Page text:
Deutsche Bank was the first global bank to establish a socially motivated microfinance fund more than a decade ago. Our activities in the microfinance sector are led by the Community Development Finance Group as part of the Bank's overall Corporate Social Responsibility commitment. We provide loans, investments and limited philanthropic grants to the microfinance sector towards the goal of enabling the poor throughout the developing world to access credit for self-employment as a poverty alleviation strategy. We have served over 120 microfinance institutions (MFIs) in 50 countries over the last decade, with $215.5 million in capital benefitting as many as 2.8 million poor entrepreneurs. While India is one of the largest potential markets for microfinance, Deutsche Bank currently does not have any loans to microfinnce institutions there due to the rapid commercialization of the sector and concerns with pricing of the loans to poor clients.
Deutsche Bank is not active in the microfinance sector as a commercial activity to realize financial gains for the bank. However, Deutsche Bank recognizes that the success of microfinance depends upon its ability to utilize business discipline and financial techniques to achieve the goal of scale and sustainability in serving the financial needs of the un-banked poor. Deutsche Bank has developed social scorecards through which it judges the social intentions and the extent of social framework of MFIs in its underwriting. Deutsche Bank's MFI clients must meet standards of good governance, transparency, and interest rates that are reasonable within the country and regional context.
Over the last decade, Deutsche Bank has been a consistent advocate and voice in emphasizing the essential social objectives of microfinance and has used its leadership position to call attention to the sector's growing riskof aggressive commercialization. Some examples of our advocacy efforts are:
- In early 2008, Deutsche Bank gathered industry leaders including CEOs of MFIs, academics, rating agencies, development banks, and thought leaders to discuss the challenges facing the microfinance industry with increased purely commercial investors entering the market. This roundtable discussion led to the Pocantico Declaration, which was an important historic moment in the history of microfinance, providing clarity of intentions and values for the sector in being committed to the interests of the poor.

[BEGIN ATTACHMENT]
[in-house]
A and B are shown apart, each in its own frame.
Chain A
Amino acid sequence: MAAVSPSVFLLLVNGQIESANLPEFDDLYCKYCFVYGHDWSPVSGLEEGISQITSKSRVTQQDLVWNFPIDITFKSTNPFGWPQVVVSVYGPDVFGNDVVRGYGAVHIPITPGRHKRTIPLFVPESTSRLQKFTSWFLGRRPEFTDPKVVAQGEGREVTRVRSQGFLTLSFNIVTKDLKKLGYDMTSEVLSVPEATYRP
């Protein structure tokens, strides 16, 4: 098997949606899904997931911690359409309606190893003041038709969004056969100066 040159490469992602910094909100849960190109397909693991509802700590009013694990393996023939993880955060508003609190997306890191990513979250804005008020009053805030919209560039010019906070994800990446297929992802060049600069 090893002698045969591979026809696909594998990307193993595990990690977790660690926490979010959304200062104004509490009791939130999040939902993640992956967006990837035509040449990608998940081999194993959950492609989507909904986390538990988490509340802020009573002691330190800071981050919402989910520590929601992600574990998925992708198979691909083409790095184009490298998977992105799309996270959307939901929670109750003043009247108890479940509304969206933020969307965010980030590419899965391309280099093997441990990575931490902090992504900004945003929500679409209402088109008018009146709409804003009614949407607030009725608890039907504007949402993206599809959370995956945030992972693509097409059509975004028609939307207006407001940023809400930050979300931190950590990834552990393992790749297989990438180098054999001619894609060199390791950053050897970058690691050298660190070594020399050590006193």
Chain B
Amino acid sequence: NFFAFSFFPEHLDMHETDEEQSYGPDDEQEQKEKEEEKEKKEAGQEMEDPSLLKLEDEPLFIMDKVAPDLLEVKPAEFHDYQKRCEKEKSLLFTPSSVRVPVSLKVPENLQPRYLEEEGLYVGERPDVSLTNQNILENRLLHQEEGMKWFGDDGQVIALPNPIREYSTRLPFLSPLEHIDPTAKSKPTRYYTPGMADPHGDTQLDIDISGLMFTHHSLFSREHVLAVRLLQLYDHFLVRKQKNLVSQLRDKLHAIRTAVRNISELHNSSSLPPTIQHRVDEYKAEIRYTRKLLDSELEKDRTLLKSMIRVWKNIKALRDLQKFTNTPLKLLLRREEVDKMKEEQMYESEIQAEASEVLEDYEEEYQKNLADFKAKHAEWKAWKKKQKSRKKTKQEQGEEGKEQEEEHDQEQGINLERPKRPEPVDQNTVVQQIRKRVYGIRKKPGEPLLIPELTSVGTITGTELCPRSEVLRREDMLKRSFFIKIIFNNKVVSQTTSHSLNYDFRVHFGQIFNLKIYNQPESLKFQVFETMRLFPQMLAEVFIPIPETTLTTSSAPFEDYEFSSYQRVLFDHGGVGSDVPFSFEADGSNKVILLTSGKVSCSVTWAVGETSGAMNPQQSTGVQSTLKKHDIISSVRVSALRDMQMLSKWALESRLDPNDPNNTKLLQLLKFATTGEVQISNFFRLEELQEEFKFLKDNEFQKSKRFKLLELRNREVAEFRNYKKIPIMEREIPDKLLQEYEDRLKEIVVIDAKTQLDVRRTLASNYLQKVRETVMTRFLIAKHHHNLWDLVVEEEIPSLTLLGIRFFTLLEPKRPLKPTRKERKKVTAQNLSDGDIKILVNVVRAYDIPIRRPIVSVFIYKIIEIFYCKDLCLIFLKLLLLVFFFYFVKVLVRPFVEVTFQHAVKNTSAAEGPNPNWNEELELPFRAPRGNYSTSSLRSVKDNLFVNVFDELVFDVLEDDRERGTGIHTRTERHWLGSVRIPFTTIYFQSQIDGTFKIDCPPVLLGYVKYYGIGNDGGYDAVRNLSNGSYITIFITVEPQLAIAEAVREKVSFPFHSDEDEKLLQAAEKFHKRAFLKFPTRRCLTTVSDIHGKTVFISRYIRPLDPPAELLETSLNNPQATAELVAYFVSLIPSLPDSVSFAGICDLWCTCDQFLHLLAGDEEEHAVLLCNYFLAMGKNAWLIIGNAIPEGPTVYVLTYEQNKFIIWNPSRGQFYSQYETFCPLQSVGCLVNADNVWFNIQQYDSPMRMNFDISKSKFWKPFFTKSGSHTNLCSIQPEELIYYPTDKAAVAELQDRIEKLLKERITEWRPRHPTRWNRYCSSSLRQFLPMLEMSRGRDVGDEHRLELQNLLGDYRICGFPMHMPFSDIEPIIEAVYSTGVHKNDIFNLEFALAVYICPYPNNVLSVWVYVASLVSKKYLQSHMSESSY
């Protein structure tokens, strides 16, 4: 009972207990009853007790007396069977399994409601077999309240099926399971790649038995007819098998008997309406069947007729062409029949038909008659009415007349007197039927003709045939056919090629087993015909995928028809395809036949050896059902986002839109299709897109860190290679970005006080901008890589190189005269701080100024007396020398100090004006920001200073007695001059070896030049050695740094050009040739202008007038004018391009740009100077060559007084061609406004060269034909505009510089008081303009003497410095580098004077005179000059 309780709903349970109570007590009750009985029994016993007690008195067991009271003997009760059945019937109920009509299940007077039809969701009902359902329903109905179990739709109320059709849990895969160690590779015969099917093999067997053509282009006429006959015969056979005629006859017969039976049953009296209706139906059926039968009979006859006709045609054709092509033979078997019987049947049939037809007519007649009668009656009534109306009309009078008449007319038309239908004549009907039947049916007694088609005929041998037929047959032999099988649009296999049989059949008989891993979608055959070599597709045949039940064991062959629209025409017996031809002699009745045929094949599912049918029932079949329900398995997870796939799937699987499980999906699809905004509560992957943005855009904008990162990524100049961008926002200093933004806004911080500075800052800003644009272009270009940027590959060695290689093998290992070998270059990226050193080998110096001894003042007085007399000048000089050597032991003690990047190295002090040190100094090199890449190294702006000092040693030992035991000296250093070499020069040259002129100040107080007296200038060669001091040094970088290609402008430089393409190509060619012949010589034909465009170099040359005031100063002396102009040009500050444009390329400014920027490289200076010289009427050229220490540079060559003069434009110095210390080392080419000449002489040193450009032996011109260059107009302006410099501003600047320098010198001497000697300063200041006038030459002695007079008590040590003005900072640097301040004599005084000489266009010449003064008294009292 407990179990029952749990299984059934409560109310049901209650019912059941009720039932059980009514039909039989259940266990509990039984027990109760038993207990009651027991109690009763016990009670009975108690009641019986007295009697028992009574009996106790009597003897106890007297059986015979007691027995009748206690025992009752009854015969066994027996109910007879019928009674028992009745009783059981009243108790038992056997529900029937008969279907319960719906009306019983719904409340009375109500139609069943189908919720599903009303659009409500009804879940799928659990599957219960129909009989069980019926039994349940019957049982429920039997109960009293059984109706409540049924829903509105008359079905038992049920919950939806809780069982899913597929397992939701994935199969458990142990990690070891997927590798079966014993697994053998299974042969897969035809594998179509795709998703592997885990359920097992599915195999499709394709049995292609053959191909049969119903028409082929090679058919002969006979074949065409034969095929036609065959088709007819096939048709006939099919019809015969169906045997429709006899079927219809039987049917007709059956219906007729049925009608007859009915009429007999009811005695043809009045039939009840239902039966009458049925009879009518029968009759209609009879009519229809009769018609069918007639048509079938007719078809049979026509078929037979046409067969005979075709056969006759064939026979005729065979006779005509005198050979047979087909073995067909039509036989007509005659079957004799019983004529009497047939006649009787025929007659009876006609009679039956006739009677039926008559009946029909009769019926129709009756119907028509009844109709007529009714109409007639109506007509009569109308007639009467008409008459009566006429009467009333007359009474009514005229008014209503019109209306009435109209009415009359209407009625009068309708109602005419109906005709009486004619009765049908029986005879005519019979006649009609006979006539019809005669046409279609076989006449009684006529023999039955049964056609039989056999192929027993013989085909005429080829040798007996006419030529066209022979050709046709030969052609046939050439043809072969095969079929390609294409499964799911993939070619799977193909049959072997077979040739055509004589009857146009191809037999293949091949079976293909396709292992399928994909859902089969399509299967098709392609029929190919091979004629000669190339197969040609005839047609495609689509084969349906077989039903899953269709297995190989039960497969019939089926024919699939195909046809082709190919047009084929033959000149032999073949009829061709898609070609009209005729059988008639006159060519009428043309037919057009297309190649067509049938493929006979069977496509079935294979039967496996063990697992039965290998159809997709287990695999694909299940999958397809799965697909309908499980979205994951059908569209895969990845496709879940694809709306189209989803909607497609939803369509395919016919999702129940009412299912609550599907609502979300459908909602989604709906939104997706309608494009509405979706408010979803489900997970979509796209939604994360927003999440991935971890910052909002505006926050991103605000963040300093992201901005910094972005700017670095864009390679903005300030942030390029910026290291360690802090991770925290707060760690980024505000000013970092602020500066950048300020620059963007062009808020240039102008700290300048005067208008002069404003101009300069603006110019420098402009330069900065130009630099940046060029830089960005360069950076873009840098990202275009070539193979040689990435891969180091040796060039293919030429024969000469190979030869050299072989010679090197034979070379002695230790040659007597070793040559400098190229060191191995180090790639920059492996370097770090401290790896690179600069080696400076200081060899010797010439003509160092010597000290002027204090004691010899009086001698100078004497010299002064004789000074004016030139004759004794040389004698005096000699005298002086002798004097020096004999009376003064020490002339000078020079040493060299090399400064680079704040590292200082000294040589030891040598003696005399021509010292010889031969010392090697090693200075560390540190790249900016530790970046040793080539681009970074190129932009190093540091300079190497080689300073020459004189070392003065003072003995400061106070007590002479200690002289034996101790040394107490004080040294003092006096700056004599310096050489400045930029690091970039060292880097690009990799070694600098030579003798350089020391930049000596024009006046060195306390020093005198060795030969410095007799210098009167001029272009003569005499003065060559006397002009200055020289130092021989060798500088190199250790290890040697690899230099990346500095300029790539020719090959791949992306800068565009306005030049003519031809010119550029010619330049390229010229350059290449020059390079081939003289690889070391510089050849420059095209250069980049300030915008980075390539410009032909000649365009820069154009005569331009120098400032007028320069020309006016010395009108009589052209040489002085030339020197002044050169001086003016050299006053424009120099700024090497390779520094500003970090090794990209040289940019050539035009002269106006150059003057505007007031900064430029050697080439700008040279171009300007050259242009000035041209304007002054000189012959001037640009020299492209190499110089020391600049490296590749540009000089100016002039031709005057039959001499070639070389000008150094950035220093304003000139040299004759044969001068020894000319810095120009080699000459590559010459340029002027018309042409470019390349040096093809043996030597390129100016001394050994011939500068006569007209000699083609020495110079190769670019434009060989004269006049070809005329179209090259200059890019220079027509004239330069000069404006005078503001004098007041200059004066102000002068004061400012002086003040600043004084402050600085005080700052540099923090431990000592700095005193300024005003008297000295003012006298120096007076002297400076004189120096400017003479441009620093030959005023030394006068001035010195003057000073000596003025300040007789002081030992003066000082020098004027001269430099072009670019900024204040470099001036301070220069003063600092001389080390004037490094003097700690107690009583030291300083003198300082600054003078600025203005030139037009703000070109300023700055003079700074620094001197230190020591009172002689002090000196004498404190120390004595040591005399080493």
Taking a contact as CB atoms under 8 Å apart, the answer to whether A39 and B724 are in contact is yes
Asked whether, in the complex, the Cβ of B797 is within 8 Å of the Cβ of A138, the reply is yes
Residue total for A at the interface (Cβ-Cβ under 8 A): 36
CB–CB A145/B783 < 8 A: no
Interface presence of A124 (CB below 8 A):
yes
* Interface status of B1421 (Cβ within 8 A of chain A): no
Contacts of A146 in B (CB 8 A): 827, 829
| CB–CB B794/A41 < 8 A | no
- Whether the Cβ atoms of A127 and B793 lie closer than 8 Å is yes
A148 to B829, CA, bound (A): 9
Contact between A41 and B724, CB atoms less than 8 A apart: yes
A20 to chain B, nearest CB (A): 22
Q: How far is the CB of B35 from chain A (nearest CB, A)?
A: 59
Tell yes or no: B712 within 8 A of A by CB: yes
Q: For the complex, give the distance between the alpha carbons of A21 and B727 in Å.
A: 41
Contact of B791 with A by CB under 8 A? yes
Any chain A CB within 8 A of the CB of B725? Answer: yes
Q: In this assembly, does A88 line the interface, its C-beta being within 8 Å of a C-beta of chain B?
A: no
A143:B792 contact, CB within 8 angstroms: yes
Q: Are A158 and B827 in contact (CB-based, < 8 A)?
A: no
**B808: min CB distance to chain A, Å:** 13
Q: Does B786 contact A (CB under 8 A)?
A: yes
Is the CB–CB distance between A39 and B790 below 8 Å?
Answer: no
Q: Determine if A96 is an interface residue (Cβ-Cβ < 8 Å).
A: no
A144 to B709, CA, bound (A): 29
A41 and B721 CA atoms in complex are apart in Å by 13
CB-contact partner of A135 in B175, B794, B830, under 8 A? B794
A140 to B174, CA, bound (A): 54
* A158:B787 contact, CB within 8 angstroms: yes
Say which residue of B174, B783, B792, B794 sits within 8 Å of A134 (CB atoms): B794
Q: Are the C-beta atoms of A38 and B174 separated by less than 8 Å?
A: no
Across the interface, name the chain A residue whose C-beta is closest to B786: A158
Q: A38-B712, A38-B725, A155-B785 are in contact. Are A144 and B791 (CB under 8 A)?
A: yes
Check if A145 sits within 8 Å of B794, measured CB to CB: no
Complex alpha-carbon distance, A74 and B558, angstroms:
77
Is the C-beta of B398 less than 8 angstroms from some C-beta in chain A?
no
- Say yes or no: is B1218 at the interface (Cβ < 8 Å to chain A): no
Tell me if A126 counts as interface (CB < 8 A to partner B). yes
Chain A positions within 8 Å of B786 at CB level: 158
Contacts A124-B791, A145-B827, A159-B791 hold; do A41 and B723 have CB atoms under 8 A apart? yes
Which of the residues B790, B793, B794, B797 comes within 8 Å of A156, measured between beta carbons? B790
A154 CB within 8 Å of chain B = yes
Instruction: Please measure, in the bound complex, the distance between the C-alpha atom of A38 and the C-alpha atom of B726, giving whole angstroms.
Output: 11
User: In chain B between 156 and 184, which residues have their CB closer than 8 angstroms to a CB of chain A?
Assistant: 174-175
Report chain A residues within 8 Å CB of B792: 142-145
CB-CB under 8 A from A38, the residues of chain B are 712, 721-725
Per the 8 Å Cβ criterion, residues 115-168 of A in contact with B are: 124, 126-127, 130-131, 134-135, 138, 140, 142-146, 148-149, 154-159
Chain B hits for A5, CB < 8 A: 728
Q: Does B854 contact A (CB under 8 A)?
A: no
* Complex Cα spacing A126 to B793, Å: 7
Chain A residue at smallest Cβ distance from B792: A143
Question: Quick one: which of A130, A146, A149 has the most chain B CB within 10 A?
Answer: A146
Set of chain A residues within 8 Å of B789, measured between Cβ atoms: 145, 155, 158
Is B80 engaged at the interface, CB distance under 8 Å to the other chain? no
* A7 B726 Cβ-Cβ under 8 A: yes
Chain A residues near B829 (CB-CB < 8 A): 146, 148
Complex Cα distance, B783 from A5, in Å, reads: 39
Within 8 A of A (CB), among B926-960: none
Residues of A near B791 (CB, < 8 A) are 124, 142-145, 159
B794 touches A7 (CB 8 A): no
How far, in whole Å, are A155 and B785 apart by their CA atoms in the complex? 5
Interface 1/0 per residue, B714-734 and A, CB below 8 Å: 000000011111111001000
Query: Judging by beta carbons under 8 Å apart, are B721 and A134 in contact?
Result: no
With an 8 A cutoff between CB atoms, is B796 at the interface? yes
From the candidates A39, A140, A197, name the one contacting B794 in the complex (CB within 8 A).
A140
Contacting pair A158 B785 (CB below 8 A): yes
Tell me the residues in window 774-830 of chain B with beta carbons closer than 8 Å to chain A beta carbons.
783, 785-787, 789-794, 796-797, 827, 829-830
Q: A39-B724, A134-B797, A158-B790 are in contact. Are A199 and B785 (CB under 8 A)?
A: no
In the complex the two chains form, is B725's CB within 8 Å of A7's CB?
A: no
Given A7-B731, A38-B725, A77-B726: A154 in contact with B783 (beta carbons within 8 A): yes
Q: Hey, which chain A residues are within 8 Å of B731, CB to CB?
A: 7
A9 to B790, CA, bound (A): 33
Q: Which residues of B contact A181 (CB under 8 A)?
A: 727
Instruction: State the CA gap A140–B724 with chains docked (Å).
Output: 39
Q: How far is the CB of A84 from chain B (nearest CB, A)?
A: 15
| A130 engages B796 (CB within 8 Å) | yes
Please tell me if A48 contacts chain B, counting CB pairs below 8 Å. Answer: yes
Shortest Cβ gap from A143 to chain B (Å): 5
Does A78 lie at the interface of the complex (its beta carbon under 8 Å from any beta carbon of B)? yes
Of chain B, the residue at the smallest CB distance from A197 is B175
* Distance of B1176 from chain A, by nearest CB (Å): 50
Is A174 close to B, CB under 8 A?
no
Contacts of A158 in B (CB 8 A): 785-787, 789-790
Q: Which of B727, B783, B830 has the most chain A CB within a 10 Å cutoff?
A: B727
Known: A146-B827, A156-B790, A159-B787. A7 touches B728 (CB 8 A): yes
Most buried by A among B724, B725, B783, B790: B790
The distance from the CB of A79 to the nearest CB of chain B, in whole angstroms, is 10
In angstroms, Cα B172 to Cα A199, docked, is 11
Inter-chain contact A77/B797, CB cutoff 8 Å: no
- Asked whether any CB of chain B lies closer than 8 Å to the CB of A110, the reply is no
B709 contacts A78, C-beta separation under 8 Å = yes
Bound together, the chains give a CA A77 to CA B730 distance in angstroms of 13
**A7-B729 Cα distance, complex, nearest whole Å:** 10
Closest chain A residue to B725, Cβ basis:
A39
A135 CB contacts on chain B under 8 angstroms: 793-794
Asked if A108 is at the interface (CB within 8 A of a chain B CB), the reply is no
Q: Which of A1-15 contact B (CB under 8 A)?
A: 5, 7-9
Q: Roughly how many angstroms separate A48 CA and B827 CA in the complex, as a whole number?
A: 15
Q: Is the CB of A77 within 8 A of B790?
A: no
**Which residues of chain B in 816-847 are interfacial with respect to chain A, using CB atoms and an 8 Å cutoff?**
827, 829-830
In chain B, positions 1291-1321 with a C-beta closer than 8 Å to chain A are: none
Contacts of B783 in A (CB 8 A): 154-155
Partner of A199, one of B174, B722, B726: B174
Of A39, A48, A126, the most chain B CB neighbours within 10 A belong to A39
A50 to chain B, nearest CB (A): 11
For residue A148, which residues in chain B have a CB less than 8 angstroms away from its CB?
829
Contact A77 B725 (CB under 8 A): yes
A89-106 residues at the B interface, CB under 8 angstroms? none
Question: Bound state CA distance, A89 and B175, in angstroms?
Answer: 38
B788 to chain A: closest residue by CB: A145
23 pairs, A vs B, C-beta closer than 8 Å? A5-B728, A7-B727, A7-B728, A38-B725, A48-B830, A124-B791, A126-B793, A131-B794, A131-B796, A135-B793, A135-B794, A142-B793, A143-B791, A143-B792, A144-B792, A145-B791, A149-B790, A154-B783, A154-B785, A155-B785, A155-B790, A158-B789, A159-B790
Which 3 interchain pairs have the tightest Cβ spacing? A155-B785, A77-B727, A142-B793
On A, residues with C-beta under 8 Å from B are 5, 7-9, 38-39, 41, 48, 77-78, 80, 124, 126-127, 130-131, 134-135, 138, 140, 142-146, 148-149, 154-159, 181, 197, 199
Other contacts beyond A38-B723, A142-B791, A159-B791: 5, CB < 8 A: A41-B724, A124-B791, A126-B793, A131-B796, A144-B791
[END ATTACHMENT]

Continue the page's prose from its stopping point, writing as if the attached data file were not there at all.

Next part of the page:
- Following the Pocantico Declaration, Deutsche Bank was the early funder and
one of the architects of the SMART Campaign, which focused on protecting the interests of microfinance clients by making sure that poor borrowers were not over-indebted, that there was transparency of pricing, that collection methods were not excessive, and that clients were treated fairly.
- In November, 2010 Deutsche Bank organized a roundtable and brainstorming session on the potential risk of multiple borrowing and over-indebtedness with in-country microfinance networks, development banks / agencies, and philanthropists.
- In partnership with Moody’s and leading universities such as NYU and Yale, Deutsche Bank initiated the idea and organized a large conference at its headquarters in America where a discussion of the social impact and innovation of microfinance took place.
- In 2011, DB convened a meeting in New York with eight CEOs of the leading microfinance networks to discuss challenges with a view to forming an association that can collectively address issues faced by the Industry. The unprecedented meeting resulted in the formation of the Microfinance CEO Working Group comprised of industry leaders from ACCION, FINCA, and Pro Mujer, among others. Subsequently, the Group released a report “Road Map for the Microfinance Industry: Focusing on Responsible and Client-Centered Microfinance” which addresses responsibility and development of client services and products.
With more than half of the world’s population living on less than two dollars a day, there is an urgent need to alleviate poverty. Microfinance is a business approach to helping the poor build their way out of poverty, by providing the poor access to financial services, namely credit and a safe place for their savings. Microcredit, the extension of very small loans (microloans) to poor and low-income entrepreneurs who cannot access local traditional funding due to a lack of collateral, or a credit history, has proven to be a revolutionary model for enabling the poor to rise from poverty.
With capital to grow their businesses and increase earnings, the poor can invest in their families’ health and educational needs and make a significant impact on the development of their communities. By most industry estimates, less than 20% of the demand for microcredit from the world’s poor entrepreneurs is being met, a large opportunity for social investors like Deutsche Bank to make a real impact by developing funding structures to channel capital to these communities.
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